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Annotation author: bbogle
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She is drowning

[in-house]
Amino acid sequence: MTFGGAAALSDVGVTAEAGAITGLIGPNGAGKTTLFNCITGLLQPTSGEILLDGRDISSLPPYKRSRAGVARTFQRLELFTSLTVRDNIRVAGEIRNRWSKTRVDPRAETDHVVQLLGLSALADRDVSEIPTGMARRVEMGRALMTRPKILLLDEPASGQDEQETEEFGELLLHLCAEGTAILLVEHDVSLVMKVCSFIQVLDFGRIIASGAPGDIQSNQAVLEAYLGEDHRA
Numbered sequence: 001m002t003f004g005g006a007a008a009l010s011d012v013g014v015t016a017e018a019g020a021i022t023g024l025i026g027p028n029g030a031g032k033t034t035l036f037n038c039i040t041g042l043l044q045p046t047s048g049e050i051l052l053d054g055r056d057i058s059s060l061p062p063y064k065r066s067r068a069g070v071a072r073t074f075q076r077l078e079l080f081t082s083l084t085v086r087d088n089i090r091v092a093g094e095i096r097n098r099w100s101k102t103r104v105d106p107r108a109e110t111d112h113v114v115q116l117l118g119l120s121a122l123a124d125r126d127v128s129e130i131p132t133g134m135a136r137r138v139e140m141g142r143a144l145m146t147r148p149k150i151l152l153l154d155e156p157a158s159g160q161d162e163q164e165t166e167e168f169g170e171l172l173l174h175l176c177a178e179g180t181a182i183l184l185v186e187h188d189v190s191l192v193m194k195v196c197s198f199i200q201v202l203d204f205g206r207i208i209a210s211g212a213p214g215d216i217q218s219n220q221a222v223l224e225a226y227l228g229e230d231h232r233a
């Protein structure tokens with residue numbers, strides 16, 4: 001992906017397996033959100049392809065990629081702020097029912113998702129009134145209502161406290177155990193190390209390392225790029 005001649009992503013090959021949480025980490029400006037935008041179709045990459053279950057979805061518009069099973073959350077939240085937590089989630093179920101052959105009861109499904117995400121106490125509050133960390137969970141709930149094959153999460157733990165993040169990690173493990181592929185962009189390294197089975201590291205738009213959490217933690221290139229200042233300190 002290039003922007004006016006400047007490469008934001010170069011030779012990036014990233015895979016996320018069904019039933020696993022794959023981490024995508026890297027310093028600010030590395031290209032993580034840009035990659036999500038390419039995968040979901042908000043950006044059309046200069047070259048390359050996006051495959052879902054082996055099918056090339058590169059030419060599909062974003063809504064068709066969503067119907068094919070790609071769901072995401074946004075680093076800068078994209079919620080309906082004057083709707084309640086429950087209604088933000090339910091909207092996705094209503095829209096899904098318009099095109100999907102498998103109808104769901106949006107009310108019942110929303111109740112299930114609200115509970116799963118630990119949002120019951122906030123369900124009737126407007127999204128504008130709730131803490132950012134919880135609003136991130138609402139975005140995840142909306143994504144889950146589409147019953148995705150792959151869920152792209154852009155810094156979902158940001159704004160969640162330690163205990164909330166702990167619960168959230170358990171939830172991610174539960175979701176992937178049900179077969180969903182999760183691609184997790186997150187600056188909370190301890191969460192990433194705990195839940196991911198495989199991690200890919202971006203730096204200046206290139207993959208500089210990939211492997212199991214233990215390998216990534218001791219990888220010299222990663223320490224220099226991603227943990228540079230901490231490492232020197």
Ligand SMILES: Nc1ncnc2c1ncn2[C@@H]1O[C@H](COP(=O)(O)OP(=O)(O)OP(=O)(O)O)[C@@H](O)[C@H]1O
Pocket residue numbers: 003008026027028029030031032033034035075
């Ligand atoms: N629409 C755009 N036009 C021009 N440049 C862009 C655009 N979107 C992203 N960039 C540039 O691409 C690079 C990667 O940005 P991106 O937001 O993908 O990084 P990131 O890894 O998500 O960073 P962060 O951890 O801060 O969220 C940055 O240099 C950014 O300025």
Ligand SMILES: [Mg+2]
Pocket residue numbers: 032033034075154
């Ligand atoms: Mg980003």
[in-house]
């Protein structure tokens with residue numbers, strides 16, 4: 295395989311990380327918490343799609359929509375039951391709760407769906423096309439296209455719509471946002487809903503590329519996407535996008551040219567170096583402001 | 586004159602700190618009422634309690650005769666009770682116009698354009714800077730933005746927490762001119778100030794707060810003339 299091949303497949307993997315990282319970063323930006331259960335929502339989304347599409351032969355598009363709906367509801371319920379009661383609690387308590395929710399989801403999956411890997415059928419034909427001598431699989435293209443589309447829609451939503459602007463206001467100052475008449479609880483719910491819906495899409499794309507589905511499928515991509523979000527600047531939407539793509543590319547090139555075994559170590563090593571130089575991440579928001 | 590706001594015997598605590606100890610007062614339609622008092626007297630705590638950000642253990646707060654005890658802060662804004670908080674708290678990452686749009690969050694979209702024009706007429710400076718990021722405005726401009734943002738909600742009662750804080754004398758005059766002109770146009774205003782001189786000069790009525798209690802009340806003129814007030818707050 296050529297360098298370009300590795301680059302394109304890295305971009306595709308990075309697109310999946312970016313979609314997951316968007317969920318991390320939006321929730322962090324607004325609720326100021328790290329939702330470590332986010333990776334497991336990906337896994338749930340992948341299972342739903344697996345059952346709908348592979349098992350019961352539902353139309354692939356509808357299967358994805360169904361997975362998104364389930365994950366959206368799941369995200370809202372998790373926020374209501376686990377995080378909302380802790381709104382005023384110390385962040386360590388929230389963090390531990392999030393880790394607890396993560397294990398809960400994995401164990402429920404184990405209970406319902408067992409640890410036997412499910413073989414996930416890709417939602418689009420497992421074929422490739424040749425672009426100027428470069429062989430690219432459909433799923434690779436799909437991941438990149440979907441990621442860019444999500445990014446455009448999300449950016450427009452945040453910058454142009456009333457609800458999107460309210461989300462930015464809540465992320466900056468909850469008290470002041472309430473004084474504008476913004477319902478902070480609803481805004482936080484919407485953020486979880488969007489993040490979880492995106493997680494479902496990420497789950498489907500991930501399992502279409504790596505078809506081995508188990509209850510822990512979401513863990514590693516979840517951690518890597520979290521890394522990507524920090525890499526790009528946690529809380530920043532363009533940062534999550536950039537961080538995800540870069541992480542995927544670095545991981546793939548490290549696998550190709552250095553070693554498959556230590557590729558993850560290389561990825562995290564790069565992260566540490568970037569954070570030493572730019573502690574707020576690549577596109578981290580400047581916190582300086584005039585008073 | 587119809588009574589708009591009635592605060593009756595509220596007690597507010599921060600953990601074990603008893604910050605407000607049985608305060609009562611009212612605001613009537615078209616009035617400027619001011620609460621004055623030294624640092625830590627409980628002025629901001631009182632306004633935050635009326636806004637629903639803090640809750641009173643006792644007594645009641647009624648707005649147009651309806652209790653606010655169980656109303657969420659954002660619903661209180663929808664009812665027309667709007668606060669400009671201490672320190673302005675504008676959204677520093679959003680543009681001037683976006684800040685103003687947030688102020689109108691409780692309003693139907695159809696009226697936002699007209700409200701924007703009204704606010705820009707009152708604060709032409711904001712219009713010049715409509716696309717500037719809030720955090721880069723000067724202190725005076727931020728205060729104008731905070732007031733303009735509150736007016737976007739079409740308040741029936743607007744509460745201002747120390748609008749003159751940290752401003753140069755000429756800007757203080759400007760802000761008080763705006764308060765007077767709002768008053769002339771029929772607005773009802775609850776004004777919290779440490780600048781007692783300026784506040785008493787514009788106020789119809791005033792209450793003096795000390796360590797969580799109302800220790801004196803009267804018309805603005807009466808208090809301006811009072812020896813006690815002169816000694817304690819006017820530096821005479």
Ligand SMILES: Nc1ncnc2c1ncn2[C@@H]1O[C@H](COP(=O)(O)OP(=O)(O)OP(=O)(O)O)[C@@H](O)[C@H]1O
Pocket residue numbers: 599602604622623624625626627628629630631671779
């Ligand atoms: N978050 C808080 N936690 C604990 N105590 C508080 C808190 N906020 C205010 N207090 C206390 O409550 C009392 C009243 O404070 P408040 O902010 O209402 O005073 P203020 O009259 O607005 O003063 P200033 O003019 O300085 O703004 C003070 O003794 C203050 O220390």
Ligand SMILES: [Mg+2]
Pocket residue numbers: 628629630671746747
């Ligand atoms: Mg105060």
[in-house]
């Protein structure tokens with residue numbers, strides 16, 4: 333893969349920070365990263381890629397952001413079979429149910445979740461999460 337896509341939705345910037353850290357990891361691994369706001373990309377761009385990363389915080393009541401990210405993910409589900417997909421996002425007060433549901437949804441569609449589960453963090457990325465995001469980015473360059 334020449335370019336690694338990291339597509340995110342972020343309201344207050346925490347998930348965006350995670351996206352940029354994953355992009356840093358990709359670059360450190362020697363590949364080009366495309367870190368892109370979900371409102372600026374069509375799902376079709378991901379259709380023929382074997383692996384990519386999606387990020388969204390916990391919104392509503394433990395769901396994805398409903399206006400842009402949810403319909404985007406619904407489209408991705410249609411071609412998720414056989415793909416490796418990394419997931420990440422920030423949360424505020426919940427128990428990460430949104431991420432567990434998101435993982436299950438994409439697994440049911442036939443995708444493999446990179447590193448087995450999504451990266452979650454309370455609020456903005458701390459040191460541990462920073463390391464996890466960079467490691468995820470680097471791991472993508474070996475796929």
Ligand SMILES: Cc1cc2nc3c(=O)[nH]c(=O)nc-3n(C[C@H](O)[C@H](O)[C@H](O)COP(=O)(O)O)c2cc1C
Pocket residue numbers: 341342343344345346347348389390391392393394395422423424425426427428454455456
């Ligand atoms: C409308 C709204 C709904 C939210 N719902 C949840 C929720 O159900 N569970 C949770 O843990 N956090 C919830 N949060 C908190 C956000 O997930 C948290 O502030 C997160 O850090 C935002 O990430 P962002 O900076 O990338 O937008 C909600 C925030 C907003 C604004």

Interesting that the metaphor Stephen latches onto to describe Dilly's plight is "drowning." He feels guilt ― perhaps not elevated to full consciousness ― because he imagines that all his siblings are drowning in poverty and he can do nothing to save them: each one, including Stephen, can only fend for him- or herself. We must reassess what's previously been on his mind when he has thought about drownings, and maybe extend our consideration of the significance of "agenbite of inwit." The guilt he feels is not only related to his mother's death, perhaps, but also to his incapacity of helping his siblings. In Proteus ( Stephen asked himself if, in certain circumstances, he would try to save a drowning man. Now, in Wandering Rocks, he identifies his own sister in a drowning condition right before him. Does he try to help her? No.